Imatges de pÓgina
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doves her hair, for its sleekness and abundance, to a flock of goats from Gilead'-and her teeth, for their whiteness, evenness, and uniformity, to a shorn flock-to a flock of ewes bearing twins, and none coming before their time”.

Her lips also he compares to scarlet threads, and commends her speech as agreeable and charming.

The next article of the comparison is more difficult to adjust. If we were to preserve the common version, • thy temples within thy

locks,' we might say the forehead was divided by the locks of hair into compartments like those of the pomegranate ; but I confess myself satisfied that the word for the temples : must, as learned men have observed, include, or rather intend, the cheeks, which are always a prominent object in the description of female beauty;

The word mount is onnitted in several MSS. the LXX, and Arabic, as in chap. vi. 5. Its omission makes a very slight variation in the original, and its insertion rather clogs and obscures the verse, the sense of which is at best equivocal. Either, 1. Up froin Gilead to Jerusalem means from the country to the capital, as from Highgate up to London--so Percy; or 2. from the lower to the higher parts of the mountainBochart and Patrick ; or 3. the words may perhaps be rendered, which shine (or browse) upon Mount Gilead, covering it from bottom to top-Dr. Hunt. Gilead appears to have been a place famous for pasturage, and probably they used to sheer sheep at the bottom of it.

Some expositors suppose the hair and teeth are compared to the hair of goats and teeth of sheep; the similarity may be exact enough, but this idea is far from natural or elegant.

Bp. Percy follows Le Clerc in rendering van simply twins, and now orba, deprived, as in Jer. xviii. 21.– all • of them twins, and none hath lost its fellow.' New Trans.

77127, Mynov cou, LXX-Genæ tuæ; Vulgate, Pagninus, Cocceius.

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and the comparison of these to the flower of the pomegranate' is, according to Sir W. Jones, a common image in Asiatic poetry. Farther, if the bridal veil of the Hebrew ladies was like that of the Persians’, made of red silk or muslin, it would throw a glow over the whole countenance, that will account more fully for this comparison.-If my reader, however, adheres to our translators in rendering it'a piece,' or section of the pomegranate, it may be re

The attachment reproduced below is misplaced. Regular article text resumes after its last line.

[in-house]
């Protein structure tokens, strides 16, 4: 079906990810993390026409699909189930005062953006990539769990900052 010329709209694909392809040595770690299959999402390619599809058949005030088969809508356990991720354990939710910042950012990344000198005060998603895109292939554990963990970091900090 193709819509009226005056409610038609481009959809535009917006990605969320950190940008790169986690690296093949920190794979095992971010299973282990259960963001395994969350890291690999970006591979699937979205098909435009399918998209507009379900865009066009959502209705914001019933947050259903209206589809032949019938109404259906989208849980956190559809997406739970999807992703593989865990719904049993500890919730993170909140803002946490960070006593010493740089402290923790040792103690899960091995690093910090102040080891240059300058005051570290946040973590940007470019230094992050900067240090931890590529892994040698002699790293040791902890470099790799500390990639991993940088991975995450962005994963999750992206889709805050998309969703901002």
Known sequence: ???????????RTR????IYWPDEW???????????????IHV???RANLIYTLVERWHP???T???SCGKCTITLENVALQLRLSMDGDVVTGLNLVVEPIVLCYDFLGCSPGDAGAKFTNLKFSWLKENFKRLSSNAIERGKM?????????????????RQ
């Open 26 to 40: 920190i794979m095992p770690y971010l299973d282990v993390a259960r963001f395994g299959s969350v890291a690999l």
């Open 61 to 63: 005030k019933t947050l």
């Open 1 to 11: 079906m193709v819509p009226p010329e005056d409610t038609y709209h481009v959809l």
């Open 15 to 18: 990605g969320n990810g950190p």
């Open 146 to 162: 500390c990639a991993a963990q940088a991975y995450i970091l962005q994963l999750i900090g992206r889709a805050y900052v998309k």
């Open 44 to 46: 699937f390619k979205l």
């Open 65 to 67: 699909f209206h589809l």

' marked that the fruit itself, when cut open,

is red, as well as the blossom.

The spouse's neck, adorned with necklaces, is compared to the tower of David, which was built for an armory, hung with shields and bucklers. Of this tower we know nothing certain, but that from the comparison it must have been tall, slender, erect, and elegant. Such the house of the forest of Lebanon is supposed to have been, which was furnished with many hundred shields and targets of beaten gold“,

I'mba, Eruptio floris, Simonis : Balaustium, Guarini. As ! the opening blossom of the pomegranate.' Patrick after Castell, and Henley in Lowth's Lect.

2 The bridal veil of the Persian ladies was of red silk or muslin, (called by the Greeks kavos, and by the Romans flammeum.) Such was Rebecca's veil (vs) Gen. xxiv. 65. and the nisen, Isa. iii. 19, according to Schroeder.

Orient. Col. vol. I. p. 125.

3 • Thy cheeks are as a piece of a pomegranate,' which when cut up is of a beautiful vermilion.--Dr. Durell. • Like ! a slice of a pomegranate are thy cheeks.' Dr. Hodgson. See 2 Chron. ix. 16. comp. with Isa. xxii. 8. Mr. Sandys

2 says, this tower of David was a high tower, in the utmost angle of a mountain, whose ruins are still extant.' As the Jews built with white stone or marble, this has been supposed a compliment to the spouse's complexion.-But see note on chap. vii. 4.

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intended no doubt to do honour to those brave men who signalized themselves in the defence of their country. The metaphor intimates that, thus adorned, her appearance was brilliant and captivating, and her charms as potent as the armour of the warrior.

The description closes with the breasts, which are compared to twin fauns of the antelope or gazel, feeding among the lilies. BOCHART',